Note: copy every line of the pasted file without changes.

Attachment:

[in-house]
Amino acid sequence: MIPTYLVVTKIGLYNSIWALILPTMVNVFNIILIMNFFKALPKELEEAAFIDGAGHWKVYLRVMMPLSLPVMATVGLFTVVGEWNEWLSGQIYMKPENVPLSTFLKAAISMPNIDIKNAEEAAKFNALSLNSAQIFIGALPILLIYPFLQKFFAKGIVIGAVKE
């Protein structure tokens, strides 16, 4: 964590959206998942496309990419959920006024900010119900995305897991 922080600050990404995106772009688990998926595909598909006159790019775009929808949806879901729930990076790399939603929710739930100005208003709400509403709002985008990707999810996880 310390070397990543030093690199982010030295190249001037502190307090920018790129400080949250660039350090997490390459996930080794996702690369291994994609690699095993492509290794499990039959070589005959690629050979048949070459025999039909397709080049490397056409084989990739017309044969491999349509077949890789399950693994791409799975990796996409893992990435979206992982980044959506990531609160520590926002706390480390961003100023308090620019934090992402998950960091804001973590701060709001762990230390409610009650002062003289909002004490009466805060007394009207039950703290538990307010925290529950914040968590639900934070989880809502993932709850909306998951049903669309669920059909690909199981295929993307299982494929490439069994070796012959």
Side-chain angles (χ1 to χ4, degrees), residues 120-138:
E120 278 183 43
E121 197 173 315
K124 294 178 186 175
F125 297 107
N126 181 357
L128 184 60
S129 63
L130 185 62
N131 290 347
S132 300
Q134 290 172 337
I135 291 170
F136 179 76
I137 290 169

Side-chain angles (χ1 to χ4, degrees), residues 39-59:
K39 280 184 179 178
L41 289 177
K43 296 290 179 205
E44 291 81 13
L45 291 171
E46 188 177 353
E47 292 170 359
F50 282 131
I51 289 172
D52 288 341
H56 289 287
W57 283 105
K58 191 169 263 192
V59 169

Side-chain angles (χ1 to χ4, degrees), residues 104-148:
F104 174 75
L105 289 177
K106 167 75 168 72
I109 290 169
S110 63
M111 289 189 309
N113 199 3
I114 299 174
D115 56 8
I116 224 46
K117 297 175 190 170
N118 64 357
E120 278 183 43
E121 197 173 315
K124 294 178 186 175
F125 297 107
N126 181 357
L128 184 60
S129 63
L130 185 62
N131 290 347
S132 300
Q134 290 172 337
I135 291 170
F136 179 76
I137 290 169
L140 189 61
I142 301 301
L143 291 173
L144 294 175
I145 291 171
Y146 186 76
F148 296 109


[in-house]
Amino acid sequence: MIPTYLVVTKIGLYNSIWALILPTMVNVFNIILIMNFFKALPKELEEAAFIDGAGHWKVYLRVMMPLSLPVMATVGLFTVVGEWNEWLSGQIYMKPENVPLSTFLKAAISMPNIDIKNAEEAAKFNALSLNSAQIFIGALPILLIYPFLQKFFAKGIVIGAVKE
């Protein structure tokens, strides 16, 4: 964590959206998942496309990419959920006024900010119900995305897991 922080600050990404995106772009688990998926595909598909006159790019775009929808949806879901729930990076790399939603929710739930100005208003709400509403709002985008990707999810996880 310390070397990543030093690199982010030295190249001037502190307090920018790129400080949250660039350090997490390459996930080794996702690369291994994609690699095993492509290794499990039959070589005959690629050979048949070459025999039909397709080049490397056409084989990739017309044969491999349509077949890789399950693994791409799975990796996409893992990435979206992982980044959506990531609160520590926002706390480390961003100023308090620019934090992402998950960091804001973590701060709001762990230390409610009650002062003289909002004490009466805060007394009207039950703290538990307010925290529950914040968590639900934070989880809502993932709850909306998951049903669309669920059909690909199981295929993307299982494929490439069994070796012959």
Side-chain angles (χ1 to χ4, degrees), residues 120-138:
E120 278 183 43
E121 197 173 315
K124 294 178 186 175
F125 297 107
N126 181 357
L128 184 60
S129 63
L130 185 62
N131 290 347
S132 300
Q134 290 172 337
I135 291 170
F136 179 76
I137 290 169

Side-chain angles (χ1 to χ4, degrees), residues 39-59:
K39 280 184 179 178
L41 289 177
K43 296 290 179 205
E44 291 81 13
L45 291 171
E46 188 177 353
E47 292 170 359
F50 282 131
I51 289 172
D52 288 341
H56 289 287
W57 283 105
K58 191 169 263 192
V59 169

Side-chain angles (χ1 to χ4, degrees), residues 104-148:
F104 174 75
L105 289 177
K106 167 75 168 72
I109 290 169
S110 63
M111 289 189 309
N113 199 3
I114 299 174
D115 56 8
I116 224 46
K117 297 175 190 170
N118 64 357
E120 278 183 43
E121 197 173 315
K124 294 178 186 175
F125 297 107
N126 181 357
L128 184 60
S129 63
L130 185 62
N131 290 347
S132 300
Q134 290 172 337
I135 291 170
F136 179 76
I137 290 169
L140 189 61
I142 301 301
L143 291 173
L144 294 175
I145 291 171
Y146 186 76
F148 296 109